Document Type

Honors Project

First Advisor

Dr. Donald Witters

Degree Award Date

Spring 1992


gender orientation, religious devoutness, Verdict Decisions


Civic and Community Engagement | Gender and Sexuality | Social Psychology and Interaction | Sociology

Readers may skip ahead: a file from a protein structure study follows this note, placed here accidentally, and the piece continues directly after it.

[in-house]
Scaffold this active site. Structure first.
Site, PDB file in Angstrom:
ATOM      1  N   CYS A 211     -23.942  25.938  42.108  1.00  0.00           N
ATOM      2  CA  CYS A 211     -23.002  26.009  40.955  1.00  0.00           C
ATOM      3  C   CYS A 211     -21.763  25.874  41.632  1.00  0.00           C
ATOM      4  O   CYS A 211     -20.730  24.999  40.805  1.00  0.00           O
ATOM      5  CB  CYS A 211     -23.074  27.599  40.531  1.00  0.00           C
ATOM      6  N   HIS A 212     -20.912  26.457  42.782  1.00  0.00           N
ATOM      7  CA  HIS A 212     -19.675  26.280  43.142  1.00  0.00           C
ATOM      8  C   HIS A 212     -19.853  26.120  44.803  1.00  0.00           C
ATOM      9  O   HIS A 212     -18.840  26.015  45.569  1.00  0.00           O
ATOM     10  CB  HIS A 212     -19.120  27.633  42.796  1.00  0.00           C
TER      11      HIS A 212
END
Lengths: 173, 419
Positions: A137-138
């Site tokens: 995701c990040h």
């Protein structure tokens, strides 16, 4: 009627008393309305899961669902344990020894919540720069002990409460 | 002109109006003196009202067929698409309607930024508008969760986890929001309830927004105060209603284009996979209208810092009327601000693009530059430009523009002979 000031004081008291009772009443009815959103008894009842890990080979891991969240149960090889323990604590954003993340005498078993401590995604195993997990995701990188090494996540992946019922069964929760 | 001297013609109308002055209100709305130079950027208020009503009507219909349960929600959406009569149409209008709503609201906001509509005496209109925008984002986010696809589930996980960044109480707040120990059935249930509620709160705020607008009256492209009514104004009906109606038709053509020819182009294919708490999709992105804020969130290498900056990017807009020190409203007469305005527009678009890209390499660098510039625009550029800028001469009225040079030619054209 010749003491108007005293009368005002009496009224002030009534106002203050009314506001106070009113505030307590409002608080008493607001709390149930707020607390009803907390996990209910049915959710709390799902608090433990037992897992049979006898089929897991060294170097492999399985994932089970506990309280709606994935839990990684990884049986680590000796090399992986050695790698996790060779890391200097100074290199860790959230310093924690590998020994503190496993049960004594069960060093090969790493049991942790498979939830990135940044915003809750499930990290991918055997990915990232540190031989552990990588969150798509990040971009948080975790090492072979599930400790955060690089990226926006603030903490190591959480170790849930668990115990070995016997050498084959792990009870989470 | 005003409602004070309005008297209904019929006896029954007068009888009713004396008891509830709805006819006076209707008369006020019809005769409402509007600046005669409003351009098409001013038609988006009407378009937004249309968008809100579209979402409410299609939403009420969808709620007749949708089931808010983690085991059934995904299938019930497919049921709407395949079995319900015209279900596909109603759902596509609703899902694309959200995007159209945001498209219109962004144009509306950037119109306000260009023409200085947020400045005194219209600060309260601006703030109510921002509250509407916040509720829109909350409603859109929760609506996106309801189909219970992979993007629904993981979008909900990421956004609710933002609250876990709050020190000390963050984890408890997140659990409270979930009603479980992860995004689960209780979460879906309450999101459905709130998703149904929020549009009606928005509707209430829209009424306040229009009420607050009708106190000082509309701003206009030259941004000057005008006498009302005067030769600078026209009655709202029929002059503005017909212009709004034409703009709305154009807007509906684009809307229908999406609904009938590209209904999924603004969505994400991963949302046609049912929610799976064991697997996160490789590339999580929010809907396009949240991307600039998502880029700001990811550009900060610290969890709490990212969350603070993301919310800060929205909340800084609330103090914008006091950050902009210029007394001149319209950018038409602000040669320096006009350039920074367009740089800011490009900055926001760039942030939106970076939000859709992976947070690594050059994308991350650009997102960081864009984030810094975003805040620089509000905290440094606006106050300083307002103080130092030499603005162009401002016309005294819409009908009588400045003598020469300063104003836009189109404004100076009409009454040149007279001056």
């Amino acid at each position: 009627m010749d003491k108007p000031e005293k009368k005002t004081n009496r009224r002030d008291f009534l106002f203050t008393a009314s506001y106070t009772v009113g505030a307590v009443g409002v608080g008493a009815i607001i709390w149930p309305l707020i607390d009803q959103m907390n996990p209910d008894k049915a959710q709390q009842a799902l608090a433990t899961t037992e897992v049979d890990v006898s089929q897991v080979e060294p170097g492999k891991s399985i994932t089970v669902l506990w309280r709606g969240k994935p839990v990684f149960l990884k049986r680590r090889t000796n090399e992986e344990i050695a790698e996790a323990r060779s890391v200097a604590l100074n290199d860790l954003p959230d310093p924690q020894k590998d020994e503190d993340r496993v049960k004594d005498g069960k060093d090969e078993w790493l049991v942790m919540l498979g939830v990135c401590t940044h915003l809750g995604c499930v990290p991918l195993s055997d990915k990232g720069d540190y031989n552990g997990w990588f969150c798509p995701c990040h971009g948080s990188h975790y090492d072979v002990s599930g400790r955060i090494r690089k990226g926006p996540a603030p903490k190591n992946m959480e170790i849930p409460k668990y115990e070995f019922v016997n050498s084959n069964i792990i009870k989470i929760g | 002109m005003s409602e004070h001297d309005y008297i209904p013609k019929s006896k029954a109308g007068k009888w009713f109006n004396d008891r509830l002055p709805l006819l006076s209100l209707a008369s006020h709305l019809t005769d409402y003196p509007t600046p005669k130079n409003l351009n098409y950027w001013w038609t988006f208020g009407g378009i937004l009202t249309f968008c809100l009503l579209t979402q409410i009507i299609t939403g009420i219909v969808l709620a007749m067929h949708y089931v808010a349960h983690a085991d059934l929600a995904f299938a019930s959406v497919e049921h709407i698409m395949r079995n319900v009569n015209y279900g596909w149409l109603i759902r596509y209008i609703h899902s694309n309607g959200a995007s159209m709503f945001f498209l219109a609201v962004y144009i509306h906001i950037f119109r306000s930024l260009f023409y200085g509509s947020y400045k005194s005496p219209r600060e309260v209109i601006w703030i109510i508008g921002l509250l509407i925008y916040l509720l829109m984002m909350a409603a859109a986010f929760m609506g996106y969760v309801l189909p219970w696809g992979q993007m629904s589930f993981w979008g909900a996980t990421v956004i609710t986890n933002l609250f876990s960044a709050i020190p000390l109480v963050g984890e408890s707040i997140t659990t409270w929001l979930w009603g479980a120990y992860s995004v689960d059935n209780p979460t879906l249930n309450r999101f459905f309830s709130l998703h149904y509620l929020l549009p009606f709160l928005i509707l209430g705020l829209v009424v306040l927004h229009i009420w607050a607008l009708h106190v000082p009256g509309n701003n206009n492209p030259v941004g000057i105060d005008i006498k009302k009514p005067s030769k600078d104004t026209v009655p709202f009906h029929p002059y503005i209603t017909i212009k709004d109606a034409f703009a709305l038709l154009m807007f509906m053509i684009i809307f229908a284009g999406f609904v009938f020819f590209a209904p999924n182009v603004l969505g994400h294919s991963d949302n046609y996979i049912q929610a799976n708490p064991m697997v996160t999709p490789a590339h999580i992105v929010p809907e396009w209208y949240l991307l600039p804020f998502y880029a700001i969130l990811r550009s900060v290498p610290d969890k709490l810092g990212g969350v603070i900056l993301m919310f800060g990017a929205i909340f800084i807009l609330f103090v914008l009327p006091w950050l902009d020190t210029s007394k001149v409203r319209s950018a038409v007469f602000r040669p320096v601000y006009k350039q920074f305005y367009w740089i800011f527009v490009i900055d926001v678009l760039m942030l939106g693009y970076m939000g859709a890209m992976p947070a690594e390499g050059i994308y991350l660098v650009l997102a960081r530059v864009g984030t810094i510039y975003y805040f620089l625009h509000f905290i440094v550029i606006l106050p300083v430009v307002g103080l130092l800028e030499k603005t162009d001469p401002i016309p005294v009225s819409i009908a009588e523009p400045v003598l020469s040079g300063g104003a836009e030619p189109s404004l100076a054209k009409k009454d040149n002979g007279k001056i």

This study examined the effects of juror traits on verdict decisions in battered wife homicide trials. More specifically, juror gender orientation and religious devoutness were explored as predictors of verdicts. 210 subjects were given the Bem Sex Role Inventory and the Connecticut Mutual Life religion scale, as well as a fictitious, written trial testimony of a battered wife accused of killing her husband. After reading standardized juror instructions and the testimony, subjects individually reached a verdict decision and entered it on the questionnaire. Chi-square analyses were done to test for significant relationships between gender type or religiosity and verdict, and an analysis of variance was done to check for an interactive effect. No significant relationships were found, however, suggesting that neither gender orientation or religiosity has predictive value on verdict decisions in domestic violence cases.